Office of Environmental Management

DOE, New Idaho Cleanup Contractor Reflect on Successful Transition, Look to Future

July 14, 2016

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DOE-Idaho Deputy Manager Jack Zimmerman, right, and Fluor Idaho President and Project Manager Fred Hughes.

DOE-Idaho Deputy Manager Jack Zimmerman, right, and Fluor Idaho President and Project Manager Fred Hughes.

IDAHO FALLS, Idaho – It’s now been a little more than a month since Fluor Idaho, LLC, officially took over as the new contractor for the Idaho Cleanup Project (ICP) at DOE’s Idaho Site. EM Update recently spoke with DOE-Idaho (DOE-ID) Deputy Manager Jack Zimmerman and Fluor Idaho President and Project Manager Fred Hughes on the successful transition and plans for the year ahead.

1. The transition to Fluor Idaho, LLC, marks the first time in more than 10 years that management of the cleanup work at DOE’s Idaho Site has changed hands. How would each of you assess the transition? Are there lessons that DOE and contractors can learn and apply at other EM sites?

ZIMMERMAN: The transition was probably one of the smoothest transitions I have been a part of. Both sides were well prepared for transition. 

DOE-ID designated personnel having been involved with the Source Evaluation Board for two years prior to work directly on the transition. DOE-ID prepared for and scheduled kickoff meetings for Day 1 of transition involving DOE and all affected organizations. This pre-planning and early execution energized a quick start; DOE-ID also established an Integrated Project Team (IPT) staffed from all functional areas to engage the incoming contractor and incumbents. Each IPT member was the lead of a sub-team for their specific area.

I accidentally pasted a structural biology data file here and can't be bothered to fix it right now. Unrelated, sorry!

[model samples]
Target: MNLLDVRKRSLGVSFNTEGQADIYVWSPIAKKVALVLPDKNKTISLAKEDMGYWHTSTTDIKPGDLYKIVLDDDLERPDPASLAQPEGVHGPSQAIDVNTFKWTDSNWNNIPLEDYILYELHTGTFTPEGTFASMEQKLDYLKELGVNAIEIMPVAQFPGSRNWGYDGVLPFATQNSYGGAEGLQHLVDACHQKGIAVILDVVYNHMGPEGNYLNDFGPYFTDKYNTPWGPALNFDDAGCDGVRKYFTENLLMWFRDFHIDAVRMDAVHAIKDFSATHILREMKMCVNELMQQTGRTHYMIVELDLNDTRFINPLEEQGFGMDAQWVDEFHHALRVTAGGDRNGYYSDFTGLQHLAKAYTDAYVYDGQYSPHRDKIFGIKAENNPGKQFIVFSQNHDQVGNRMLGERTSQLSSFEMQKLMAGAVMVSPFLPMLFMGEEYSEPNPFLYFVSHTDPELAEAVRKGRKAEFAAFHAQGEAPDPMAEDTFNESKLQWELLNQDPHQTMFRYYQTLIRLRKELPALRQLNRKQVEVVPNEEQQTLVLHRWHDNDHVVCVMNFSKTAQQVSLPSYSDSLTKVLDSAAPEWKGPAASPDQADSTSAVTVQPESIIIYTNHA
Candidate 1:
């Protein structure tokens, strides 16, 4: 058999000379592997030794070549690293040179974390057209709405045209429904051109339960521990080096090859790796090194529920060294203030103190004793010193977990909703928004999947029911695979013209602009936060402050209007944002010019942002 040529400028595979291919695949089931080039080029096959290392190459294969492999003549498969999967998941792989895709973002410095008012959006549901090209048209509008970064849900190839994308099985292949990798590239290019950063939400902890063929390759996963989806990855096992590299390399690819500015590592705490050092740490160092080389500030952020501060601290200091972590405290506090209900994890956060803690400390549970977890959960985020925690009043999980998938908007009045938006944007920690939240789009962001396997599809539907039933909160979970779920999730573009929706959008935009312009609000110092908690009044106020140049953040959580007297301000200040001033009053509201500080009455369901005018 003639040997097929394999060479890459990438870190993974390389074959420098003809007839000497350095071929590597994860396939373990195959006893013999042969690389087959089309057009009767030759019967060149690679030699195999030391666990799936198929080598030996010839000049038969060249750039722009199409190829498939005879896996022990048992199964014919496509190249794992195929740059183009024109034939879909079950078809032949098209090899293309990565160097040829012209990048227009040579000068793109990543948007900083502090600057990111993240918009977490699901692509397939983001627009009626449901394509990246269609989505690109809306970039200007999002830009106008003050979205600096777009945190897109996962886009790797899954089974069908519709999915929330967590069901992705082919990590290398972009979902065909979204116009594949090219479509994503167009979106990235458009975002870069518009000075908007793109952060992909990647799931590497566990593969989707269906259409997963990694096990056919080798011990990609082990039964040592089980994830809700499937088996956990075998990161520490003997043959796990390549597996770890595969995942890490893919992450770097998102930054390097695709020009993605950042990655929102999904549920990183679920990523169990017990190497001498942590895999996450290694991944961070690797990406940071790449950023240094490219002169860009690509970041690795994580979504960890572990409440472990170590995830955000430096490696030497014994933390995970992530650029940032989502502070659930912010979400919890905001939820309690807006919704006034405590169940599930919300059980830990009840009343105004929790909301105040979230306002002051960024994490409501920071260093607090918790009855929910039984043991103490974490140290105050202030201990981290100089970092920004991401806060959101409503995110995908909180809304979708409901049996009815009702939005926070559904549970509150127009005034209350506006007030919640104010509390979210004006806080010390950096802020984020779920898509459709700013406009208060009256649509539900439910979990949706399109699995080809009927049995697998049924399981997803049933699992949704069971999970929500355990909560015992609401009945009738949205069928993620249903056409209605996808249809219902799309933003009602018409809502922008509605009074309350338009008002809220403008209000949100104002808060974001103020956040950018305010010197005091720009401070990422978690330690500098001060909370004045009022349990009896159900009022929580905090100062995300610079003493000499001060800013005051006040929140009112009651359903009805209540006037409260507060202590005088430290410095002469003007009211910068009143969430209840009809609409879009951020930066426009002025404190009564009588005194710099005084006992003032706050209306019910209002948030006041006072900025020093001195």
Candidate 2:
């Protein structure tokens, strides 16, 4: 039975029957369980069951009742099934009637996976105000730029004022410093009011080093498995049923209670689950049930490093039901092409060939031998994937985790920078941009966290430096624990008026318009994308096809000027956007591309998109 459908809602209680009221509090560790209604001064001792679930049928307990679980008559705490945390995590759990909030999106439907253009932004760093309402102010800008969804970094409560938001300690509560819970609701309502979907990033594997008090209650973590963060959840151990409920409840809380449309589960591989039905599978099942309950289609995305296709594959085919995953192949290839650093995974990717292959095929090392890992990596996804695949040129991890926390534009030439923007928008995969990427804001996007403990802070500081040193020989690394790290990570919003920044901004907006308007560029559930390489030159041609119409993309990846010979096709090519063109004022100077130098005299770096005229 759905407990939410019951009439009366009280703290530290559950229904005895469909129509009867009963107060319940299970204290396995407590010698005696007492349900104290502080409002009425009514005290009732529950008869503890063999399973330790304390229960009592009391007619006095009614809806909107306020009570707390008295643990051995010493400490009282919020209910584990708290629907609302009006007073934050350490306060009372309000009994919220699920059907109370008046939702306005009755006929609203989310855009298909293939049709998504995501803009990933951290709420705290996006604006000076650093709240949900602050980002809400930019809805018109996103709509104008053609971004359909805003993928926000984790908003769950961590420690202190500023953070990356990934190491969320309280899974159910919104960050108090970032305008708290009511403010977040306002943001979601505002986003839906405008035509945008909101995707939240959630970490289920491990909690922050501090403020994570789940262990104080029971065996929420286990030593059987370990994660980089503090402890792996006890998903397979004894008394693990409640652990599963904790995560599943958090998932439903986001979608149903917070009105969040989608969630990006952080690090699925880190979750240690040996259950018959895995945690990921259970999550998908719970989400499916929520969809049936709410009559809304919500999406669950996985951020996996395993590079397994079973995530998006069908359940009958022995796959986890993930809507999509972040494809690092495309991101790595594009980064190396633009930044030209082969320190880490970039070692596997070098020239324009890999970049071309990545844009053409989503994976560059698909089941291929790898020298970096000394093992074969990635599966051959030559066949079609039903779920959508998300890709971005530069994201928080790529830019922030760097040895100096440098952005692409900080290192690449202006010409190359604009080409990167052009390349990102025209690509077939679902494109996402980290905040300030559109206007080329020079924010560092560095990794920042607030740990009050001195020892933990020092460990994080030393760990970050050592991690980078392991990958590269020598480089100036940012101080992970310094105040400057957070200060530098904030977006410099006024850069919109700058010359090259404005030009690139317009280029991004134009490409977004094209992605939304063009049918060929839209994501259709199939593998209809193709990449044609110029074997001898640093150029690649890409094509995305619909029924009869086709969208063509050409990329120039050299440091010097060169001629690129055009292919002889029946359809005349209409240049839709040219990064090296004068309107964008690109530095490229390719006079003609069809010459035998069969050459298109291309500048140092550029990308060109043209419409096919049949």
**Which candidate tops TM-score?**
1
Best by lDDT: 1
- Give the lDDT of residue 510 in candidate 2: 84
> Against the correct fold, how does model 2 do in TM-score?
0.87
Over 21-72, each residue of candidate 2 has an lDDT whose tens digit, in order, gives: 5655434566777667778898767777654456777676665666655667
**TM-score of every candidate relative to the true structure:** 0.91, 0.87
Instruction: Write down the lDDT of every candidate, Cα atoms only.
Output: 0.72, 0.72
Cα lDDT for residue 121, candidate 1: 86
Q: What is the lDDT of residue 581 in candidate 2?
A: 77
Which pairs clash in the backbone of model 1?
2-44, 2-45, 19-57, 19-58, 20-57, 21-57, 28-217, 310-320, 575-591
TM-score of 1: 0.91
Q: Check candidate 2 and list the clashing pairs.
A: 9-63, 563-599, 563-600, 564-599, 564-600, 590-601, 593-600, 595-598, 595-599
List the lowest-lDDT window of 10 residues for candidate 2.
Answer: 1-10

In addition, DOE-ID constructed a counterparts matrix prior to the Notice to Proceed (NTP) that delineated across functional areas and across DOE-ID, Fluor Idaho, CH2M-WG Idaho, Idaho Treatment Group (ITG) and Battelle Energy Alliance names and contact information. This tended to blow the communication channels wide open from the very beginning, allowing personnel the knowledge of who key interfaces would be during transition from Day 1 of transition. And Fluor Idaho prepared a detailed transition plan expressly for the ICP Core Contract and delivered it to DOE-ID prior to the NTP+10 day deliverable requirement.

HUGHES: I thought the transition went very well. It was clear that DOE was very prepared for the transition. And at the start, DOE went out of their way to introduce the team members from DOE and each of the contractors. In addition, Fluor started preparing for the transition process ahead of time, setting it up as a project and developing a plan that we implemented during transition.  

Our approach going into transition was that the incumbent employees have an outstanding safety and performance record and we wanted to build on that. We went out of our way to communicate our approach and address their questions to try to alleviate their stress during this unsettling time. 

In terms of lessons learned, working closely with each other is key. Make sure you have frequent communication and solve problems early so there are no surprises. Be prepared going in and set an objective to finish a couple weeks early so you can address last-minute issues. It’s also important to be nimble throughout transition so you can adapt as necessary and take advantage of opportunities as they arise.  

Our approach to town hall meetings also proved to be a good example. We delayed the meetings by a couple weeks to ensure we had detailed information to provide. In addition, we included spouses so they could hear the information and get their questions answered. It helped calm some of the stress. And we took the meetings on the road, holding them in all the towns where our employees live, rather than making them come to us.

2. What new and innovative approaches is DOE looking to see the Fluor team bring to Idaho?

ZIMMERMAN: DOE is looking for integration of the best and most efficient parts of the two programs managed by the previous contractors (ITG and CH2M-WG Idaho) to be combined into a single program executed by Fluor in a more efficient manner. Another key aspect is how Fluor integrates the workforce from each predecessor contractor to build on performance.

3. Fluor is part of several cleanup contractors across the EM complex. What experience and lessons learned can Fluor bring from other sites to aid the cleanup mission at Idaho? What personal experiences can you bring from your time at the Portsmouth Site to Idaho?